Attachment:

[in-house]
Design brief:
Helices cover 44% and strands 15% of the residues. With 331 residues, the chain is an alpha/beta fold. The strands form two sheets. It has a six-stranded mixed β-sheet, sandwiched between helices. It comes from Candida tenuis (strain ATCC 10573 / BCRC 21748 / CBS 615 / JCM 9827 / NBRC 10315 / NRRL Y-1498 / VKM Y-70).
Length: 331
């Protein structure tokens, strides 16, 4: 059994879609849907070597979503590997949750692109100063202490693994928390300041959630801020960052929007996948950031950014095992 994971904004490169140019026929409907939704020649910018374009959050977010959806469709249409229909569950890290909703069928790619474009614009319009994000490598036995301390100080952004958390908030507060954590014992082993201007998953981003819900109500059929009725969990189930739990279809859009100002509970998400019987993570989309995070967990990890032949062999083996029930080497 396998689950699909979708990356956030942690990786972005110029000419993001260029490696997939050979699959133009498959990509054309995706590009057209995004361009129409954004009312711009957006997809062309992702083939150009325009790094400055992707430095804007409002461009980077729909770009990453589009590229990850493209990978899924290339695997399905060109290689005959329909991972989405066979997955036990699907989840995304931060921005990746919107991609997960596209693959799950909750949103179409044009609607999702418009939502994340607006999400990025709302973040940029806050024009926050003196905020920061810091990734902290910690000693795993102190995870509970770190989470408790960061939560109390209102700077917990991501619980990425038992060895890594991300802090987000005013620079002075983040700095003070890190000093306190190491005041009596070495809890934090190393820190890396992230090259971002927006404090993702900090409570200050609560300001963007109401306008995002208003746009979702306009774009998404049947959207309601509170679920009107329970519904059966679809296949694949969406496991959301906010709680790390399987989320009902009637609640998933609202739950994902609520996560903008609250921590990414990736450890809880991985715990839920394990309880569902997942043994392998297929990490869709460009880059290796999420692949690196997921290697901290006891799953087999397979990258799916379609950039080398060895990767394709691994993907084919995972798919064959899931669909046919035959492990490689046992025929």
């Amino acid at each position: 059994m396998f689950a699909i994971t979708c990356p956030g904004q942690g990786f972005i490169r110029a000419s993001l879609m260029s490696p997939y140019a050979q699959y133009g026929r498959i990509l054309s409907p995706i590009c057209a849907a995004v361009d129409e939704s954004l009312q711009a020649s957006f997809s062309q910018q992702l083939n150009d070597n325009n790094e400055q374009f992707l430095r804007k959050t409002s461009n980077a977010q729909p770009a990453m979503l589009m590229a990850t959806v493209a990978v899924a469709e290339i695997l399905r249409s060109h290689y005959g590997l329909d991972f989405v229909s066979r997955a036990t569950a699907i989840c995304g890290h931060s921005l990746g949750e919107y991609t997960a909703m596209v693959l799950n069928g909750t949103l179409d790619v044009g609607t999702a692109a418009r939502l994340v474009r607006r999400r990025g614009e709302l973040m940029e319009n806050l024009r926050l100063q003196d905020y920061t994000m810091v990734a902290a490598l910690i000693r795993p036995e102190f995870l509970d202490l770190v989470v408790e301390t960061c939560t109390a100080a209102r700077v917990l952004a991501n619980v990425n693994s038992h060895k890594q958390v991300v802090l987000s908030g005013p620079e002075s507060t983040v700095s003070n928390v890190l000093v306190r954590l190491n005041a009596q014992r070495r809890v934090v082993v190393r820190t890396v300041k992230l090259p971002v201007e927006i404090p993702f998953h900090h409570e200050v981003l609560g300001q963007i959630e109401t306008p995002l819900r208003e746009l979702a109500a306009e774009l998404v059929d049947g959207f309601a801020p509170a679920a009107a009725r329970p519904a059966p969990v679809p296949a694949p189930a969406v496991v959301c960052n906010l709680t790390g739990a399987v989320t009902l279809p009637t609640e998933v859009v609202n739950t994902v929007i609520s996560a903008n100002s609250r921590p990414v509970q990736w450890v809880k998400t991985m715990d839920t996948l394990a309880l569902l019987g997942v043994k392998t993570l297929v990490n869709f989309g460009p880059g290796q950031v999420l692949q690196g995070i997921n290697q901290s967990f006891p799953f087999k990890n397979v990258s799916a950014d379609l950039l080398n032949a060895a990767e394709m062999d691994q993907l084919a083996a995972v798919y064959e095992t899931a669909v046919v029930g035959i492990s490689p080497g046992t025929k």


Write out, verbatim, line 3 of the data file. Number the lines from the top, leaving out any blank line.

Helices cover 44% and strands 15% of the residues. With 331 residues, the chain is an alpha/beta fold. The strands form two sheets. It has a six-stranded mixed β-sheet, sandwiched between helices. It comes from Candida tenuis (strain ATCC 10573 / BCRC 21748 / CBS 615 / JCM 9827 / NBRC 10315 / NRRL Y-1498 / VKM Y-70).